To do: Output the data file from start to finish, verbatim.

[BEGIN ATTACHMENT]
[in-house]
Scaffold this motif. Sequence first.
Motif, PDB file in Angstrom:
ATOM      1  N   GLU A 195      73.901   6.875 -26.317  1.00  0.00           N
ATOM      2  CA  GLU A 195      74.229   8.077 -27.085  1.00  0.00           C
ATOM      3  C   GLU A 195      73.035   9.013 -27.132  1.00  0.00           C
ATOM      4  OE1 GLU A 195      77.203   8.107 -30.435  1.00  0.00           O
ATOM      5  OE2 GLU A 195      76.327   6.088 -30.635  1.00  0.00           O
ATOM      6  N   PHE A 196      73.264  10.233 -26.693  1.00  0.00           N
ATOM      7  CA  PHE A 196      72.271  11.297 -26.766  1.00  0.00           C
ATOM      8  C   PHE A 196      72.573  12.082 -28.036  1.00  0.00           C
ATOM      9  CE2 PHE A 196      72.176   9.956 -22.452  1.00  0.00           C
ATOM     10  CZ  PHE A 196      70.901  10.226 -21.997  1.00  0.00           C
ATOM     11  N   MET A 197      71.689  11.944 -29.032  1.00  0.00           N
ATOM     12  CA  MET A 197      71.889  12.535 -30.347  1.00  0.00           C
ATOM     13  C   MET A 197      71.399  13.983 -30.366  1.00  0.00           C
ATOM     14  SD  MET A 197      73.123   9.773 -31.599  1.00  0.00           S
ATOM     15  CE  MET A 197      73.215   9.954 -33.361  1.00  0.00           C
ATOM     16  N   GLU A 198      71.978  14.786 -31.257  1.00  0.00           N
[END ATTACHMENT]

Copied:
[in-house]
Scaffold this motif. Sequence first.
Motif, PDB file in Angstrom:
ATOM      1  N   GLU A 195      73.901   6.875 -26.317  1.00  0.00           N
ATOM      2  CA  GLU A 195      74.229   8.077 -27.085  1.00  0.00           C
ATOM      3  C   GLU A 195      73.035   9.013 -27.132  1.00  0.00           C
ATOM      4  OE1 GLU A 195      77.203   8.107 -30.435  1.00  0.00           O
ATOM      5  OE2 GLU A 195      76.327   6.088 -30.635  1.00  0.00           O
ATOM      6  N   PHE A 196      73.264  10.233 -26.693  1.00  0.00           N
ATOM      7  CA  PHE A 196      72.271  11.297 -26.766  1.00  0.00           C
ATOM      8  C   PHE A 196      72.573  12.082 -28.036  1.00  0.00           C
ATOM      9  CE2 PHE A 196      72.176   9.956 -22.452  1.00  0.00           C
ATOM     10  CZ  PHE A 196      70.901  10.226 -21.997  1.00  0.00           C
ATOM     11  N   MET A 197      71.689  11.944 -29.032  1.00  0.00           N
ATOM     12  CA  MET A 197      71.889  12.535 -30.347  1.00  0.00           C
ATOM     13  C   MET A 197      71.399  13.983 -30.366  1.00  0.00           C
ATOM     14  SD  MET A 197      73.123   9.773 -31.599  1.00  0.00           S
ATOM     15  CE  MET A 197      73.215   9.954 -33.361  1.00  0.00           C
ATOM     16  N   GLU A 198      71.978  14.786 -31.257  1.00  0.00           N